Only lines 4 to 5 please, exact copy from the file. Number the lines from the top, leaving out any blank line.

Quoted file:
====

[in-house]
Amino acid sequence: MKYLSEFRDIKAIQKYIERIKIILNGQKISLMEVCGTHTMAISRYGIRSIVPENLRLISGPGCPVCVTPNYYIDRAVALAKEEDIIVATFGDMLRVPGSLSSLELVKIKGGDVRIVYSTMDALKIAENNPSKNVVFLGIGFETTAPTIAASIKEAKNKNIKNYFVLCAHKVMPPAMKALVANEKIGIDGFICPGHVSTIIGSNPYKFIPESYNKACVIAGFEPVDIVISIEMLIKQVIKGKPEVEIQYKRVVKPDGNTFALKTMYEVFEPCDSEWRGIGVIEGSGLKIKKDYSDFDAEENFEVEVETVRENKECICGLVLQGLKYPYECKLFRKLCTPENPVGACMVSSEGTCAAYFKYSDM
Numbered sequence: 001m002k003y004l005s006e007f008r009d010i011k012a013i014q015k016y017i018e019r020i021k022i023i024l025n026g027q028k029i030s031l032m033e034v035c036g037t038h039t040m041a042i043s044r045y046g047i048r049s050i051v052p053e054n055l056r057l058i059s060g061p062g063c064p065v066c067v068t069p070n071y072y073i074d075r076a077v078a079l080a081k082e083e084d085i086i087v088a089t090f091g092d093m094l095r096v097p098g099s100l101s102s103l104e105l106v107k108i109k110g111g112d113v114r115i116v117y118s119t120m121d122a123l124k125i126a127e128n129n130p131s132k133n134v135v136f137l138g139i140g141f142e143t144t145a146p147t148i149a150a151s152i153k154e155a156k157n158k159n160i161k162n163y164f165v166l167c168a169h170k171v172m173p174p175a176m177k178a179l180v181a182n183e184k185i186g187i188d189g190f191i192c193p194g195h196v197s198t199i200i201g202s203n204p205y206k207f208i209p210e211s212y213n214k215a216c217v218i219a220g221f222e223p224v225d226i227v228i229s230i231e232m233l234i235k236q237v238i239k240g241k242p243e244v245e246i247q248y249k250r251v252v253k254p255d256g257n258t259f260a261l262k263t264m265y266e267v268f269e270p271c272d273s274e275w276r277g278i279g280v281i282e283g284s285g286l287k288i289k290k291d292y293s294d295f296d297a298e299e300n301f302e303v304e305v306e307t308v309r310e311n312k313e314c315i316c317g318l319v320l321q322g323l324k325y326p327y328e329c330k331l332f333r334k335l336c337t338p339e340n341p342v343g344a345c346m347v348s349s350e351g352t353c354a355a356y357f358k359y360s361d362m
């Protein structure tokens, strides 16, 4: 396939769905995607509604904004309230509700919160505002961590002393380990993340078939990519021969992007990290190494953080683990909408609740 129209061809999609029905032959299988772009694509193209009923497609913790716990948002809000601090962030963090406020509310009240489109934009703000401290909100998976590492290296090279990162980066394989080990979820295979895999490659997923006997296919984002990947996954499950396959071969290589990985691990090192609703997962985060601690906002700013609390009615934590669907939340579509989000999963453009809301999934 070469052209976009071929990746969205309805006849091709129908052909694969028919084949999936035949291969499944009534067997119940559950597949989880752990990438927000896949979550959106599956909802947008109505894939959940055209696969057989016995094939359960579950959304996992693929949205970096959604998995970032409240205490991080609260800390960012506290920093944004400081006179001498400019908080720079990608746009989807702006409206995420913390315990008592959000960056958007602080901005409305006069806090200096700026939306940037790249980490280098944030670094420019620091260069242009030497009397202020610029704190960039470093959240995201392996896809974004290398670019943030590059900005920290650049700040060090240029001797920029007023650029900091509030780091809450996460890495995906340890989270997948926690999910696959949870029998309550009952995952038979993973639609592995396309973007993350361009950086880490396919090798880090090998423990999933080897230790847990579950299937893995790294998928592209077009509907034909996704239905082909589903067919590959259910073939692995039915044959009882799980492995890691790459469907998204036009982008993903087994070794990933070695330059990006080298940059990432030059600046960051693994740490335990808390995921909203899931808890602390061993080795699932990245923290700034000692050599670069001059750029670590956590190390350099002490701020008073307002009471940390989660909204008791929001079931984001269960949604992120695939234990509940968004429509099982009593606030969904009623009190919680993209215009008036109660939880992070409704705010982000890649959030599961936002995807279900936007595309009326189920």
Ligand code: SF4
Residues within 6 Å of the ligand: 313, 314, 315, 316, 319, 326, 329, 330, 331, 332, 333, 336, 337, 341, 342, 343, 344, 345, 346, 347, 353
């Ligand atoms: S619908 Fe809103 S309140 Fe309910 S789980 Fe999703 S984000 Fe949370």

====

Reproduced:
């Protein structure tokens, strides 16, 4: 396939769905995607509604904004309230509700919160505002961590002393380990993340078939990519021969992007990290190494953080683990909408609740 129209061809999609029905032959299988772009694509193209009923497609913790716990948002809000601090962030963090406020509310009240489109934009703000401290909100998976590492290296090279990162980066394989080990979820295979895999490659997923006997296919984002990947996954499950396959071969290589990985691990090192609703997962985060601690906002700013609390009615934590669907939340579509989000999963453009809301999934 070469052209976009071929990746969205309805006849091709129908052909694969028919084949999936035949291969499944009534067997119940559950597949989880752990990438927000896949979550959106599956909802947008109505894939959940055209696969057989016995094939359960579950959304996992693929949205970096959604998995970032409240205490991080609260800390960012506290920093944004400081006179001498400019908080720079990608746009989807702006409206995420913390315990008592959000960056958007602080901005409305006069806090200096700026939306940037790249980490280098944030670094420019620091260069242009030497009397202020610029704190960039470093959240995201392996896809974004290398670019943030590059900005920290650049700040060090240029001797920029007023650029900091509030780091809450996460890495995906340890989270997948926690999910696959949870029998309550009952995952038979993973639609592995396309973007993350361009950086880490396919090798880090090998423990999933080897230790847990579950299937893995790294998928592209077009509907034909996704239905082909589903067919590959259910073939692995039915044959009882799980492995890691790459469907998204036009982008993903087994070794990933070695330059990006080298940059990432030059600046960051693994740490335990808390995921909203899931808890602390061993080795699932990245923290700034000692050599670069001059750029670590956590190390350099002490701020008073307002009471940390989660909204008791929001079931984001269960949604992120695939234990509940968004429509099982009593606030969904009623009190919680993209215009008036109660939880992070409704705010982000890649959030599961936002995807279900936007595309009326189920």
Ligand code: SF4